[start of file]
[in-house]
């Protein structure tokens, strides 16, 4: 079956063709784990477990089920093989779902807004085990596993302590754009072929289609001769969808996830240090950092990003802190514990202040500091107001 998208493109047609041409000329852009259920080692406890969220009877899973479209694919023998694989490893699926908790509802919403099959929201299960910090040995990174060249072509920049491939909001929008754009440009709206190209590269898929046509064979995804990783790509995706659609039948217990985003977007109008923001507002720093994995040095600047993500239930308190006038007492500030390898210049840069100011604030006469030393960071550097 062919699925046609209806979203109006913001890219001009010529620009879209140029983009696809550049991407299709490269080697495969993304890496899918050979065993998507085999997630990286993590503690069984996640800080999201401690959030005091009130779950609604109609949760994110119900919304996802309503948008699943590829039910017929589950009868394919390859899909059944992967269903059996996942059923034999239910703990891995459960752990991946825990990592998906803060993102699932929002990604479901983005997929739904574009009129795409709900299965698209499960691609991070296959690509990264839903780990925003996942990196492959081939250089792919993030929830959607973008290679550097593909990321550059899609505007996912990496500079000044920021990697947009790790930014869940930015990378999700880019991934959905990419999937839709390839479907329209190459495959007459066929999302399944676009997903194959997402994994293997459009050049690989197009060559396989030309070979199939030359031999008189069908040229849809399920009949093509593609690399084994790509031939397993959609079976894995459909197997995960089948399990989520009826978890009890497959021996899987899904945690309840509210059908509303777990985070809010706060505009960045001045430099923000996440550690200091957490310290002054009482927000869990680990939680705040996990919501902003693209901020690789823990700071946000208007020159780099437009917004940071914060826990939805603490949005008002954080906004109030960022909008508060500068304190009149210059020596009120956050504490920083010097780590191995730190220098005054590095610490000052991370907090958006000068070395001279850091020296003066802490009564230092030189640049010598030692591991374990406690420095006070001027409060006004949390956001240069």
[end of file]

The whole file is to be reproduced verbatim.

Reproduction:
[in-house]
């Protein structure tokens, strides 16, 4: 079956063709784990477990089920093989779902807004085990596993302590754009072929289609001769969808996830240090950092990003802190514990202040500091107001 998208493109047609041409000329852009259920080692406890969220009877899973479209694919023998694989490893699926908790509802919403099959929201299960910090040995990174060249072509920049491939909001929008754009440009709206190209590269898929046509064979995804990783790509995706659609039948217990985003977007109008923001507002720093994995040095600047993500239930308190006038007492500030390898210049840069100011604030006469030393960071550097 062919699925046609209806979203109006913001890219001009010529620009879209140029983009696809550049991407299709490269080697495969993304890496899918050979065993998507085999997630990286993590503690069984996640800080999201401690959030005091009130779950609604109609949760994110119900919304996802309503948008699943590829039910017929589950009868394919390859899909059944992967269903059996996942059923034999239910703990891995459960752990991946825990990592998906803060993102699932929002990604479901983005997929739904574009009129795409709900299965698209499960691609991070296959690509990264839903780990925003996942990196492959081939250089792919993030929830959607973008290679550097593909990321550059899609505007996912990496500079000044920021990697947009790790930014869940930015990378999700880019991934959905990419999937839709390839479907329209190459495959007459066929999302399944676009997903194959997402994994293997459009050049690989197009060559396989030309070979199939030359031999008189069908040229849809399920009949093509593609690399084994790509031939397993959609079976894995459909197997995960089948399990989520009826978890009890497959021996899987899904945690309840509210059908509303777990985070809010706060505009960045001045430099923000996440550690200091957490310290002054009482927000869990680990939680705040996990919501902003693209901020690789823990700071946000208007020159780099437009917004940071914060826990939805603490949005008002954080906004109030960022909008508060500068304190009149210059020596009120956050504490920083010097780590191995730190220098005054590095610490000052991370907090958006000068070395001279850091020296003066802490009564230092030189640049010598030692591991374990406690420095006070001027409060006004949390956001240069």